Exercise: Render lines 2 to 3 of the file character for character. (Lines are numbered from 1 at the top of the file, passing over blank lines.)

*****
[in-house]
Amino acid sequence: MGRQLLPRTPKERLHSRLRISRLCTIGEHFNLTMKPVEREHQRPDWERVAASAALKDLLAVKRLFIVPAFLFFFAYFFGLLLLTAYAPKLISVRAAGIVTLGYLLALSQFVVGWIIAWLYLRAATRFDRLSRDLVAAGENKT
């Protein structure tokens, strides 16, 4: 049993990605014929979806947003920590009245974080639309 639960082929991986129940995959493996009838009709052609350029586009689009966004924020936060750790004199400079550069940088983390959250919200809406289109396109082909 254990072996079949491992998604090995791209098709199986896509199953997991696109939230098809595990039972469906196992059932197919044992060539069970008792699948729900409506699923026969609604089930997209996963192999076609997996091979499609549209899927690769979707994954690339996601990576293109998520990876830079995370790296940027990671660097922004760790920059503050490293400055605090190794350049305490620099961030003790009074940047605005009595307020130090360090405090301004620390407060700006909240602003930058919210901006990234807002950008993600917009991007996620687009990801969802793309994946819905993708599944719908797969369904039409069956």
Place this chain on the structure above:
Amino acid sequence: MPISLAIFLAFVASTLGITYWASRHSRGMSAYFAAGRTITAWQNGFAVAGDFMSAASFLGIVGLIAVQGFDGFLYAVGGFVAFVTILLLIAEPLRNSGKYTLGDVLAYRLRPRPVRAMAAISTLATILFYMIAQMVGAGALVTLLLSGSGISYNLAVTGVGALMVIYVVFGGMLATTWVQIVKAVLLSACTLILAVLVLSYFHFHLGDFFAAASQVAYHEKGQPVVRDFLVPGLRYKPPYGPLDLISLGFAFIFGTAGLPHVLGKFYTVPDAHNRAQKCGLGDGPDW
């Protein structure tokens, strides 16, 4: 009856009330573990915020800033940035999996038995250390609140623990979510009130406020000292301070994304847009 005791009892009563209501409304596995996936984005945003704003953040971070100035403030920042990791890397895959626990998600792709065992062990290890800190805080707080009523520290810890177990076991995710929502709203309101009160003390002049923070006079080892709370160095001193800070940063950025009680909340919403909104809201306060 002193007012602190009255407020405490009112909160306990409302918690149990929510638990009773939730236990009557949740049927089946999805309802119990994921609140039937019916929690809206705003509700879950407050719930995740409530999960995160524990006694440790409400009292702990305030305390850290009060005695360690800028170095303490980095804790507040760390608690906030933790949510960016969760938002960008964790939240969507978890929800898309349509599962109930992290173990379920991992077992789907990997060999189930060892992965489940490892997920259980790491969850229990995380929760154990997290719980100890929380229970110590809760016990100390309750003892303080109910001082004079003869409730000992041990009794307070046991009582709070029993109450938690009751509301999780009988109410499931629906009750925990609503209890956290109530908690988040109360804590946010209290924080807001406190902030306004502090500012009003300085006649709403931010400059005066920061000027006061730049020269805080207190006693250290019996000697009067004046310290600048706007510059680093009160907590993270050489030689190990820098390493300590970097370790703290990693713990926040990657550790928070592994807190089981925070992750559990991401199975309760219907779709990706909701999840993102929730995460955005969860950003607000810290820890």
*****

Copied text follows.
Amino acid sequence: MGRQLLPRTPKERLHSRLRISRLCTIGEHFNLTMKPVEREHQRPDWERVAASAALKDLLAVKRLFIVPAFLFFFAYFFGLLLLTAYAPKLISVRAAGIVTLGYLLALSQFVVGWIIAWLYLRAATRFDRLSRDLVAAGENKT
């Protein structure tokens, strides 16, 4: 049993990605014929979806947003920590009245974080639309 639960082929991986129940995959493996009838009709052609350029586009689009966004924020936060750790004199400079550069940088983390959250919200809406289109396109082909 254990072996079949491992998604090995791209098709199986896509199953997991696109939230098809595990039972469906196992059932197919044992060539069970008792699948729900409506699923026969609604089930997209996963192999076609997996091979499609549209899927690769979707994954690339996601990576293109998520990876830079995370790296940027990671660097922004760790920059503050490293400055605090190794350049305490620099961030003790009074940047605005009595307020130090360090405090301004620390407060700006909240602003930058919210901006990234807002950008993600917009991007996620687009990801969802793309994946819905993708599944719908797969369904039409069956």